SK and HR contributed to drafting the manuscript and figures design. MI conceived the work and revised the manuscript. All authors read and approved the final manuscript.
This work was supported by the KIST (Korea Institute of Science and Technology) institutional grants (2E31821) and National R&D Program through the National Research Foundation of Korea (NRF) funded by the Ministry of Science and ICT (Nos. 2020R1C1C1006065, 2021M3F3A2A01037366, and 2022M3E5E8017395).
Conflict of Interest
The authors declare that the research was conducted in the absence of any commercial or financial relationships that could be construed as a potential conflict of interest.
All claims expressed in this article are solely those of the authors and do not necessarily represent those of their affiliated organizations, or those of the publisher, the editors and the reviewers. Any product that may be evaluated in this article, or claim that may be made by its manufacturer, is not guaranteed or endorsed by the publisher.
We thank Joon Ho Kang and Taegon Kim for the helpful discussion on the neural information of retinal ganglion cell spiking activities.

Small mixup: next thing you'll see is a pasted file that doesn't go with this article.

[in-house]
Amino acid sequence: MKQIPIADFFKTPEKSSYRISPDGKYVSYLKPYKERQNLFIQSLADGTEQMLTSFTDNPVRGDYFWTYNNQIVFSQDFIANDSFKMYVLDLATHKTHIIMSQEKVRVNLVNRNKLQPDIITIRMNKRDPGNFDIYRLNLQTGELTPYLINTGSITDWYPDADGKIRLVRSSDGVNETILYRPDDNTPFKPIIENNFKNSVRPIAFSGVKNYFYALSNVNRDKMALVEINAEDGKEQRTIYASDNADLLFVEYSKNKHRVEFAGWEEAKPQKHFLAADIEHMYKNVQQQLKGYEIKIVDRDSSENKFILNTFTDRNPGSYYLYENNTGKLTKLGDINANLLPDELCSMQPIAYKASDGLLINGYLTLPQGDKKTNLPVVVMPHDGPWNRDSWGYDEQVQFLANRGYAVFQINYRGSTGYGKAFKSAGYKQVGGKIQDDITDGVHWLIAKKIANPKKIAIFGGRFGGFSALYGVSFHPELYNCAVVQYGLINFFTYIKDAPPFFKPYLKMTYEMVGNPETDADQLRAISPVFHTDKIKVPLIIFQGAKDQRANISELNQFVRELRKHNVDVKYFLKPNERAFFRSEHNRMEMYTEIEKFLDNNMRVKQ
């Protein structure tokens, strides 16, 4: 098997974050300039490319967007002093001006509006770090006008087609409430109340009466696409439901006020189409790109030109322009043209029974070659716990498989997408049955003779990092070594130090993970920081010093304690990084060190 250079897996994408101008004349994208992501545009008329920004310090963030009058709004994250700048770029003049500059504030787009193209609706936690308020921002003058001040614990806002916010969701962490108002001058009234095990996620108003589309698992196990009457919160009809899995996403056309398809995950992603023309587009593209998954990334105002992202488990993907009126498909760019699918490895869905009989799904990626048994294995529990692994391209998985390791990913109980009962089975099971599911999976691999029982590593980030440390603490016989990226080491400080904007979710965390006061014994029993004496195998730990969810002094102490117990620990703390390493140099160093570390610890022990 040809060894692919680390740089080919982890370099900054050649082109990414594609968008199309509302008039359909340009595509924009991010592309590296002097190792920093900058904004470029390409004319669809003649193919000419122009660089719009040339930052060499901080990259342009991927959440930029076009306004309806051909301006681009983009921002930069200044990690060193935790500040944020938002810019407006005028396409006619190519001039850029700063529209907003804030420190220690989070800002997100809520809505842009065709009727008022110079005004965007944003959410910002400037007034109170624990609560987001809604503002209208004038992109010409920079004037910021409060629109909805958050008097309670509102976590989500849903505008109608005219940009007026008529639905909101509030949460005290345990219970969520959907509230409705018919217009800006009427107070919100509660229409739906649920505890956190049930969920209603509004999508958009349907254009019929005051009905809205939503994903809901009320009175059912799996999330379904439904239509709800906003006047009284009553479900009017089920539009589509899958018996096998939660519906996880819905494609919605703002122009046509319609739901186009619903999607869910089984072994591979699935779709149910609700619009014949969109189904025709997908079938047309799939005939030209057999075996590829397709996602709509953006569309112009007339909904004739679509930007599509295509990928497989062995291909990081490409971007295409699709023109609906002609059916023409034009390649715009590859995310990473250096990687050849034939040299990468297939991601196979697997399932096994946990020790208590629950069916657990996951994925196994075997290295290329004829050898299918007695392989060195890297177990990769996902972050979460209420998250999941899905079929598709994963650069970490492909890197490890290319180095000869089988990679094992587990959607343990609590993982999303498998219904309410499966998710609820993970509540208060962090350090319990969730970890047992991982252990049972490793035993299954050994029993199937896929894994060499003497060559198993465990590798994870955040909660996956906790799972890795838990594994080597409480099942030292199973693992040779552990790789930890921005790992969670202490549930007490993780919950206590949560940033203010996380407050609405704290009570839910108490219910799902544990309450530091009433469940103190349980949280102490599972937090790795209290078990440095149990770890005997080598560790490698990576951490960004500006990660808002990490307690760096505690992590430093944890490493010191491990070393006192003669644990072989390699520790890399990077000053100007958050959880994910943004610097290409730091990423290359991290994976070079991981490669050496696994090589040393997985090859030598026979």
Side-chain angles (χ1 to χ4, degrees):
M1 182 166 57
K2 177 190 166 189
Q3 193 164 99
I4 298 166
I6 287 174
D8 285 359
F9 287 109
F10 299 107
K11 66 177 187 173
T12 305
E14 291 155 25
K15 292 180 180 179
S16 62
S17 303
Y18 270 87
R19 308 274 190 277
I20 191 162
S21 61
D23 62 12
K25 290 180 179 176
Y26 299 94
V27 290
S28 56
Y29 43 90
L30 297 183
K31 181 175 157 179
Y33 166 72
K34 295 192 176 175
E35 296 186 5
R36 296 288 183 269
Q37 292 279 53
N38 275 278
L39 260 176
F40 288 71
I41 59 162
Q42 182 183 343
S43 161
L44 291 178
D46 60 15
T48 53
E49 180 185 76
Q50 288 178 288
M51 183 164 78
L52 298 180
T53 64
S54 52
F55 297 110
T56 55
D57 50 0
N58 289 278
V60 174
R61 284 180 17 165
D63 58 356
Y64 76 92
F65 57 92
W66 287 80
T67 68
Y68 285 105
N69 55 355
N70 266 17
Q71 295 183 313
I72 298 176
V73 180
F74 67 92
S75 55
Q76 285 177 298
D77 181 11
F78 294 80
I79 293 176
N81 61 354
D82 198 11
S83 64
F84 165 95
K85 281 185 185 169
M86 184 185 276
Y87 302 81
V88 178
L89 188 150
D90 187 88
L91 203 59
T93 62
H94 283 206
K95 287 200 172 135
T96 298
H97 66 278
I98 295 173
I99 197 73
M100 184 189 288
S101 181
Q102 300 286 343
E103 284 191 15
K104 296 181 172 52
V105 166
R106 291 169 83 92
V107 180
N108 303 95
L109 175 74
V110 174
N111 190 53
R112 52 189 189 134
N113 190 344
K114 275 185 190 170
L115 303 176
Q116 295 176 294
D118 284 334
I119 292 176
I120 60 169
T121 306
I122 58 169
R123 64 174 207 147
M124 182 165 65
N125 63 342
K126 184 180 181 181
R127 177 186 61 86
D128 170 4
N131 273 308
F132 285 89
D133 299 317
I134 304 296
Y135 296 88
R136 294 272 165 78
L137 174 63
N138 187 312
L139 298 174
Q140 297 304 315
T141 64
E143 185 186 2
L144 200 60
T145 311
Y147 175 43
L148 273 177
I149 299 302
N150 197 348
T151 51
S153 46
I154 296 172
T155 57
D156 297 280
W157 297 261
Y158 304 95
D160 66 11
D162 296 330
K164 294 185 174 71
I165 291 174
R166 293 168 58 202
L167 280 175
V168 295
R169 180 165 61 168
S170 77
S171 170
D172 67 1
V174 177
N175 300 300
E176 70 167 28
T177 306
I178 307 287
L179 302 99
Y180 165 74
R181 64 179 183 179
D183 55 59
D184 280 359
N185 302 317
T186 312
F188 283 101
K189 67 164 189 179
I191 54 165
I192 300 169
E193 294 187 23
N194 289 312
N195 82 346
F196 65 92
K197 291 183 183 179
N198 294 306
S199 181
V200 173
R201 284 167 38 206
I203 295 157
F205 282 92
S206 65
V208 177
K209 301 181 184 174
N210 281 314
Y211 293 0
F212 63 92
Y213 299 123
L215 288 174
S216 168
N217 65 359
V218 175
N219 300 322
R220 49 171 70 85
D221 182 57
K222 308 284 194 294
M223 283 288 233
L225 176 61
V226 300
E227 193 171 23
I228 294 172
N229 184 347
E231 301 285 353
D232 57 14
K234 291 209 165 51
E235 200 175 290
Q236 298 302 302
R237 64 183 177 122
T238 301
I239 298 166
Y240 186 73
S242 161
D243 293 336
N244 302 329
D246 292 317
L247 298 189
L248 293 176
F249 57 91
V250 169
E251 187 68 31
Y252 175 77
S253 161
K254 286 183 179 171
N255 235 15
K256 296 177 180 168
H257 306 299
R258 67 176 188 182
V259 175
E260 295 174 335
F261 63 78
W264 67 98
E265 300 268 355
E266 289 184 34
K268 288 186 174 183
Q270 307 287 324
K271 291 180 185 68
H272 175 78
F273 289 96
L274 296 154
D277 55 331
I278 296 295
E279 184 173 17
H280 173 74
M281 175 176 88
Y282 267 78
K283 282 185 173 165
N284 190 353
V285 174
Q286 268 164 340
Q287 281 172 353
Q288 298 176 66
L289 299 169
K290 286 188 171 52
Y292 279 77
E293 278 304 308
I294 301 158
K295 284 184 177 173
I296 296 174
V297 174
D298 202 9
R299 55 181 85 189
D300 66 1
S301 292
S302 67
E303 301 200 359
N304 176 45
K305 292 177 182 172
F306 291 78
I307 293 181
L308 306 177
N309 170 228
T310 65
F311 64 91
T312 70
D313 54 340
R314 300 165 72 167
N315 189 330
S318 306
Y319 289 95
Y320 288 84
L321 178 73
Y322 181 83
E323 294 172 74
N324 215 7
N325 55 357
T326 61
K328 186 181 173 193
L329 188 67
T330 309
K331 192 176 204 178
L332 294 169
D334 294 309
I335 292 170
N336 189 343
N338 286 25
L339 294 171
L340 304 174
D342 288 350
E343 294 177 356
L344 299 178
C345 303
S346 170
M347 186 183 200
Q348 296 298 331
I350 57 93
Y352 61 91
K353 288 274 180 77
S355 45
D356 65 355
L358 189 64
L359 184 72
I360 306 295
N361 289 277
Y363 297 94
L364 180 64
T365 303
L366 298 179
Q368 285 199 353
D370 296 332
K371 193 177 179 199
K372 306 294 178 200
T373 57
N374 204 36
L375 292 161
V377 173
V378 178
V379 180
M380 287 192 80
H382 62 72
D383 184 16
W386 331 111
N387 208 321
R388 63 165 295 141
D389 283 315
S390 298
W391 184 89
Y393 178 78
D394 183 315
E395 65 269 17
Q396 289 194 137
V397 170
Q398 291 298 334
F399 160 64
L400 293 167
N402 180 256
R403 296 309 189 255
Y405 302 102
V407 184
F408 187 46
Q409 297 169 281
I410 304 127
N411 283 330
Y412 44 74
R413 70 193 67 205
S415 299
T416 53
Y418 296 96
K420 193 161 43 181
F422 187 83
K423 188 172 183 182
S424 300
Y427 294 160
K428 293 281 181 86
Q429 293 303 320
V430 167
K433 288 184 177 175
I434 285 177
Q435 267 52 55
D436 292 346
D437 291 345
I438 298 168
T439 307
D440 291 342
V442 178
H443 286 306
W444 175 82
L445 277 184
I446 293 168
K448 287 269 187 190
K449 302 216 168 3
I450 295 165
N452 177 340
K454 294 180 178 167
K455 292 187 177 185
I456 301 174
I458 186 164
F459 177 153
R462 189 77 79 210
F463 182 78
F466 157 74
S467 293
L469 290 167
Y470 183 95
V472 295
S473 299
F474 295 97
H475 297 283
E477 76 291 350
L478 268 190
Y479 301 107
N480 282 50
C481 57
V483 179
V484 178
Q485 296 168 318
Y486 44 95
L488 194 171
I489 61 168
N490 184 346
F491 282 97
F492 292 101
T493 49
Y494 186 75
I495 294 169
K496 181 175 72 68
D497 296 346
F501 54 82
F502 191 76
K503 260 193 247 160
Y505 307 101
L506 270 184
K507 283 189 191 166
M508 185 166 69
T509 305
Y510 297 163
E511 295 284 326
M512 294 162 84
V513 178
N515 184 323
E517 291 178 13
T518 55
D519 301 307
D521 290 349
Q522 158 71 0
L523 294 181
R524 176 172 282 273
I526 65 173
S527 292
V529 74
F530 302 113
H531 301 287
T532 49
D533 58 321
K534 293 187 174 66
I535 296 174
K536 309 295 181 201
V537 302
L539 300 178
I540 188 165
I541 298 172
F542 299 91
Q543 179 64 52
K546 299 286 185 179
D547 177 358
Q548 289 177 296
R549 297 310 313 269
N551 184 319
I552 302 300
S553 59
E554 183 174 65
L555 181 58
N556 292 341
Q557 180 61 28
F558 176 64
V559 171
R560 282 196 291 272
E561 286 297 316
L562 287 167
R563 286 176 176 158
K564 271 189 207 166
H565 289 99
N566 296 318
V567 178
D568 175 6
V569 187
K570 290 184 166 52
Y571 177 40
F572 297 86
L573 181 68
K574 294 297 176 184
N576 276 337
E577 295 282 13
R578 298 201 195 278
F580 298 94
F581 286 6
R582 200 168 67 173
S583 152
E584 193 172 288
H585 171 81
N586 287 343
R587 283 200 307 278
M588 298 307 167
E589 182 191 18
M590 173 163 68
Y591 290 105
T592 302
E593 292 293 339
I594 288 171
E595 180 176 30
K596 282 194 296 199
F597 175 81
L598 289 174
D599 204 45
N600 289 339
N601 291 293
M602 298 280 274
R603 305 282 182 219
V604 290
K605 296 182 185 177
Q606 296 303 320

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Keywords: retinal prosthetics, visual information, neural computation, information theory, spike trains
Citation: Kim S, Roh H and Im M (2022) Artificial Visual Information Produced by Retinal Prostheses. Front. Cell. Neurosci. 16:911754. doi: 10.3389/fncel.2022.911754
Received: 03 April 2022; Accepted: 18 May 2022;
Published: 06 June 2022.
Edited by:Stuart C. Mangel, The Ohio State University, United States
Reviewed by:John Troy, Northwestern University, United States
Wei Tong, The University of Melbourne, Australia
Copyright © 2022 Kim, Roh and Im. This is an open-access article distributed under the terms of the Creative Commons Attribution License (CC BY). The use, distribution or reproduction in other forums is permitted, provided the original author(s) and the copyright owner(s) are credited and that the original publication in this journal is cited, in accordance with accepted academic practice. No use, distribution or reproduction is permitted which does not comply with these terms.
*Correspondence: Maesoon Im, firstname.lastname@example.org, email@example.com
†These authors have contributed equally to this work